One Day I Will Rule the World

World Domination, Babies and Middle Eastern Dance

July 15, 2009

Summer Performances

So every summer, my fellow (and more senior) belly dancer troupe put on 3 big summer performances. There are always littler performances throughout the year – Canada day, community associations’ park festivals, fireworks festivals, etc. But these 3 big summer performances orbit the local Shakespearean troupe’s performances, we get to make use of their big tent and their professional sound and lightening equipment and technicians and it is quite a big deal and also fabulous.

Last year, Canada Day was my first performance and then we did the Shakespeare gigs. It was kind of getting thrown into the deep end. My group’s first real taste of performance was the backstage, running, scrambling costume changes, panic, drama stuff. I was about ready to puke backstage. When we did our number and I was supposed to raise my hand in the air for the choreography, I was trembling so much I was doing a “finger shimmy”.

We did our first big tent performance of the year last night. And, while I had a lot of moments during the day where I was like, “Okay, this is HARD. I don’t want to hang around all day doing hard things. Can I go home and nap now cause I’m feeling nervous and avoidant” there was certainly no feeling like I was going to puke, no trembling. It was, actually, a pretty enjoyable evening.

It really has been hard though. We’ve had rehearsals every thursday since early spring. There were a couple of weeks where we fit in Monday rehearsals too. This last Saturday we did dress rehearsals from 10am to 9pm and then on Sunday from 2pm to 6pm. Then on Monday, we met at the tent for a cue to cue sound and light check, then a two hour full dress rehearsal which finished one hour before the audience was admitted for the show, then the show. (And around all this, delousing the kids and cleaning and fixing up the house to sell it.)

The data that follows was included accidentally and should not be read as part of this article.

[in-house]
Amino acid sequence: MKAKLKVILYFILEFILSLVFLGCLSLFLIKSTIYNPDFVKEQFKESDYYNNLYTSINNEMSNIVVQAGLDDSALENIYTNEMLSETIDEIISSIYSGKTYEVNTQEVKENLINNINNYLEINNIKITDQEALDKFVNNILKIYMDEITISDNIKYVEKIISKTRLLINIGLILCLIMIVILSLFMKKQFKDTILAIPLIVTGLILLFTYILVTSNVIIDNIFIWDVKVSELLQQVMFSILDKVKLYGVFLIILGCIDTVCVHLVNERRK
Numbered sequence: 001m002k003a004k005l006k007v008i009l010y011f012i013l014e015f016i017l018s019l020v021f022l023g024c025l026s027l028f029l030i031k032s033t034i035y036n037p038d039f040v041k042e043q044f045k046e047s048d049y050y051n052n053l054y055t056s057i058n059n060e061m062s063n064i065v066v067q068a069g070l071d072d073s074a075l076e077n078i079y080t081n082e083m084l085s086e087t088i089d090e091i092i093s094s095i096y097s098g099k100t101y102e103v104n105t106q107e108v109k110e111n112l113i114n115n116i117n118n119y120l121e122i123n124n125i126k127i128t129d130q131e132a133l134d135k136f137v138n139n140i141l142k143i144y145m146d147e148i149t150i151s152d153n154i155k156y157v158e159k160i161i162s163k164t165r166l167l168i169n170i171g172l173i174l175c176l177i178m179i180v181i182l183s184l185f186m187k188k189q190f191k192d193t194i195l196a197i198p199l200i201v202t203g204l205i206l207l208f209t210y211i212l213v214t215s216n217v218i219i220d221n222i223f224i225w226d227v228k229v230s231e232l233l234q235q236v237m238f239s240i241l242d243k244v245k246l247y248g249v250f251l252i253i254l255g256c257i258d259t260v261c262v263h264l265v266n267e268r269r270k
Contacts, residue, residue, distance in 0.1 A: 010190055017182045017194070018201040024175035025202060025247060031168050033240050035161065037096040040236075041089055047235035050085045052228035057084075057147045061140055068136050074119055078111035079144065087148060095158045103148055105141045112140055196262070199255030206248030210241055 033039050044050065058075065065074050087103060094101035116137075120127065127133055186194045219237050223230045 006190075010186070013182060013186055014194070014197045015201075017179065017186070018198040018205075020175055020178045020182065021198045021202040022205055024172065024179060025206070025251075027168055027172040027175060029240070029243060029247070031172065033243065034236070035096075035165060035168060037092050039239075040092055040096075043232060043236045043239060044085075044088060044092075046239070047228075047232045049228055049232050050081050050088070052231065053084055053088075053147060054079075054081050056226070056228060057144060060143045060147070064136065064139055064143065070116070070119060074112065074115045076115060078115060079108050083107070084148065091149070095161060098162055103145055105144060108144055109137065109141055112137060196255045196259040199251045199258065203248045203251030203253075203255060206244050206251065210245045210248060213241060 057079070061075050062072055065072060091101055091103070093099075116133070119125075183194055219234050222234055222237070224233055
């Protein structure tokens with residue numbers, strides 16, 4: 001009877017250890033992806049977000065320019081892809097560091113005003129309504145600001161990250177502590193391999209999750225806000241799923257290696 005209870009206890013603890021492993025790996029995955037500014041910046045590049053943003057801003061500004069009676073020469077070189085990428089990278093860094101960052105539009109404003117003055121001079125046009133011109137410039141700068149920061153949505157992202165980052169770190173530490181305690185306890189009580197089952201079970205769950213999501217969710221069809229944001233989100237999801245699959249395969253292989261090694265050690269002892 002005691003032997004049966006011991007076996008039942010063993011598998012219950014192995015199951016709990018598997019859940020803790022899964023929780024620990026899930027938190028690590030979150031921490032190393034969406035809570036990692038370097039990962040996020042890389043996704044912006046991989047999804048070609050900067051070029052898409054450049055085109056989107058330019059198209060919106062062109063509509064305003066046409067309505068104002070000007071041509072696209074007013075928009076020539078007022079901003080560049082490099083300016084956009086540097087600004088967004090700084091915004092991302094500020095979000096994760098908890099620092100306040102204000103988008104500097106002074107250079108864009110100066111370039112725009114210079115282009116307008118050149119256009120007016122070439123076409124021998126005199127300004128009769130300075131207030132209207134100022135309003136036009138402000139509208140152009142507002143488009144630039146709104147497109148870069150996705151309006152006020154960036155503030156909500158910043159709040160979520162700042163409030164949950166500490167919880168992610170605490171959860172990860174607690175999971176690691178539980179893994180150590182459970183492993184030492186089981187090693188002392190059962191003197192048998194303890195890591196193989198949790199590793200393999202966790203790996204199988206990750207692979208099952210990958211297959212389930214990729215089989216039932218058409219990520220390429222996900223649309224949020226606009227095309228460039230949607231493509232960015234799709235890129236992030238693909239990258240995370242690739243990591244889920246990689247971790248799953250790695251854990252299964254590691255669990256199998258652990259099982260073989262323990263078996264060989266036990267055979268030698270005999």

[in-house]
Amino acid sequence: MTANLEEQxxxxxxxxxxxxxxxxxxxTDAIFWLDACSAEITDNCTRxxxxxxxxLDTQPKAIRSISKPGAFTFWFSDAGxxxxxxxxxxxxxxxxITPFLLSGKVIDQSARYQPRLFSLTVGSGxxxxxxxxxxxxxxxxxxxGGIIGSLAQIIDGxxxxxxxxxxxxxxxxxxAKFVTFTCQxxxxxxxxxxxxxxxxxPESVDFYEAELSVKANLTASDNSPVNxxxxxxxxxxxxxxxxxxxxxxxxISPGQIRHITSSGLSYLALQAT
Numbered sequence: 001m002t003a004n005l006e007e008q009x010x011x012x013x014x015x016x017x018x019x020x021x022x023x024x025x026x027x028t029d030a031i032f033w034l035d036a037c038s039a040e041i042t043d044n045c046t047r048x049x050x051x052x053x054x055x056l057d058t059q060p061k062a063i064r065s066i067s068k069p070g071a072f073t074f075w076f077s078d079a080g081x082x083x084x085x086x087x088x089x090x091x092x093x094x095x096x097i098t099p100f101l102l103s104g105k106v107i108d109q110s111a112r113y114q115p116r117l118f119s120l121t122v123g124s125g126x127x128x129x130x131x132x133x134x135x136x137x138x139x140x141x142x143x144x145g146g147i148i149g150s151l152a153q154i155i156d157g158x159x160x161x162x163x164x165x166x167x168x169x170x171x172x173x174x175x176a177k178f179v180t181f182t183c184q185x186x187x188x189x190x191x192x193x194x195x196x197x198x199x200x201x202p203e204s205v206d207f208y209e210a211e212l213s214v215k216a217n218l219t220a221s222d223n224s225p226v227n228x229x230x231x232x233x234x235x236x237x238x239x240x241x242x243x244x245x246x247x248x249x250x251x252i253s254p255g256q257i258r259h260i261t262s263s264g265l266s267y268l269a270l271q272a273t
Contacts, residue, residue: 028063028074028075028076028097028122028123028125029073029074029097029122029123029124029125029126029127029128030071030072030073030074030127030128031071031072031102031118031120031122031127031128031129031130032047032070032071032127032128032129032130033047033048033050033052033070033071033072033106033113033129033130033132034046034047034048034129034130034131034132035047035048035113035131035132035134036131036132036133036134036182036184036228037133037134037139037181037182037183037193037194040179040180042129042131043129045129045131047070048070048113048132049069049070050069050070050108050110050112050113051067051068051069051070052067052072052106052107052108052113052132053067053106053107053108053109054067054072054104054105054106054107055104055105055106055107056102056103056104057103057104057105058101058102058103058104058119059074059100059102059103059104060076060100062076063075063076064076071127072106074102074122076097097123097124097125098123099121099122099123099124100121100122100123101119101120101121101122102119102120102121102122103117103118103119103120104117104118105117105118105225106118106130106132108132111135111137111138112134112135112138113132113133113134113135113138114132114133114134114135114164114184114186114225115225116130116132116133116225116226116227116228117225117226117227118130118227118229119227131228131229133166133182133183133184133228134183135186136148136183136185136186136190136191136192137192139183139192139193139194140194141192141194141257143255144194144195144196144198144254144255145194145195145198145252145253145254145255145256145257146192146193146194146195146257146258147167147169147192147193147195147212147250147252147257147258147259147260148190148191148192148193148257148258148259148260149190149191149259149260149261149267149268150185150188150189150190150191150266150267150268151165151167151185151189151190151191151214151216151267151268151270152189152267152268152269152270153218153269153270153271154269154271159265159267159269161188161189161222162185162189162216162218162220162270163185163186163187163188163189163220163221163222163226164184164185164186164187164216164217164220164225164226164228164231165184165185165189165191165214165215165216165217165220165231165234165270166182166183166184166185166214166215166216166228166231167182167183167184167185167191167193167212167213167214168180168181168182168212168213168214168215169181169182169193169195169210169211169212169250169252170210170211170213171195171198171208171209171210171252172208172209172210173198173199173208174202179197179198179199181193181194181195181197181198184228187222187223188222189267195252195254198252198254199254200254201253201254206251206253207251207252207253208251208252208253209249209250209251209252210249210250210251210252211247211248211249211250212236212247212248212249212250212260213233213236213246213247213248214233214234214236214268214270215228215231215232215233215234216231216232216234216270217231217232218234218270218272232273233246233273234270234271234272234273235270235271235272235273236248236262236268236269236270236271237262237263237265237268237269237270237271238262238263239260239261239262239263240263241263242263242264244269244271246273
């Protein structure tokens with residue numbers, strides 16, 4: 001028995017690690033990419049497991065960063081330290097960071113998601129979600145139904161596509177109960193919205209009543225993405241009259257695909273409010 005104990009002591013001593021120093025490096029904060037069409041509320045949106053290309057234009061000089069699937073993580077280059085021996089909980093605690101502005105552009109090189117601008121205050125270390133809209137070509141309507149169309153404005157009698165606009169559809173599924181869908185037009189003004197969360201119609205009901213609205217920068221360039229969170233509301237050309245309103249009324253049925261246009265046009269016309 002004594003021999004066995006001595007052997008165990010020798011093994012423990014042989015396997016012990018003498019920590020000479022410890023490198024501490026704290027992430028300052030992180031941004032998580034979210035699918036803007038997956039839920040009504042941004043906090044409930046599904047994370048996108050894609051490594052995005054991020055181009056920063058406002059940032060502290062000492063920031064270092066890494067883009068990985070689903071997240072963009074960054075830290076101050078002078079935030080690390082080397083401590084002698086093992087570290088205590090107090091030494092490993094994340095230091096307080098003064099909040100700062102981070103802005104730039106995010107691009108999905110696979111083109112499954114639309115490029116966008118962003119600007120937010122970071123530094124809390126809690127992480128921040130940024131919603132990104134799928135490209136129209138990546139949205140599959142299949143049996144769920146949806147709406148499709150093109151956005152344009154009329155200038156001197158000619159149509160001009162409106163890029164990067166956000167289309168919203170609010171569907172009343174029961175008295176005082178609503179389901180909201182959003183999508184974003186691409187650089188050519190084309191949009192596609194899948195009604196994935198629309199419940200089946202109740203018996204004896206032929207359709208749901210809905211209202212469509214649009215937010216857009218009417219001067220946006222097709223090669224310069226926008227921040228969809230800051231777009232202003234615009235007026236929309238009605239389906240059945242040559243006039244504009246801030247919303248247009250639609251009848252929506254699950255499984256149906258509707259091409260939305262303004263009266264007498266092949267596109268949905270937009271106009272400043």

Also, a week and a half ago we (the junior group) learned we were expected to have, make or borrow a gold bra and belt set for the finale. We had actually asked earlier in the year if we should be working on one and were told we probably wouldn’t need to, don’t worry about it. And while there were people willing to lend costumes, three of us are ridiculously proud, perfectionist and protective of personal space. So we ended up making our costumes in less than ten days. During the sound/lighting check and dress rehearsal, we were stitching between dancing, joking about how we had until 9:00 to finish. Then the other dancers would say, “what? The show’s at 8 and we’re supposed to be backstage made up and ready by 7” and we’d say, “yes, but we don’t have to be in THIS costume until the finale which will be about 9:45.” And then during the dress rehearsal finale, on the final “flip-arms-dip-up-and-pose” two of us came up on the pose shouting, “AUGH my bra!” as straps popped off. OMG, too awesome. Luckily we still had half an hour before we were supposed to be backstage and ready. Hah.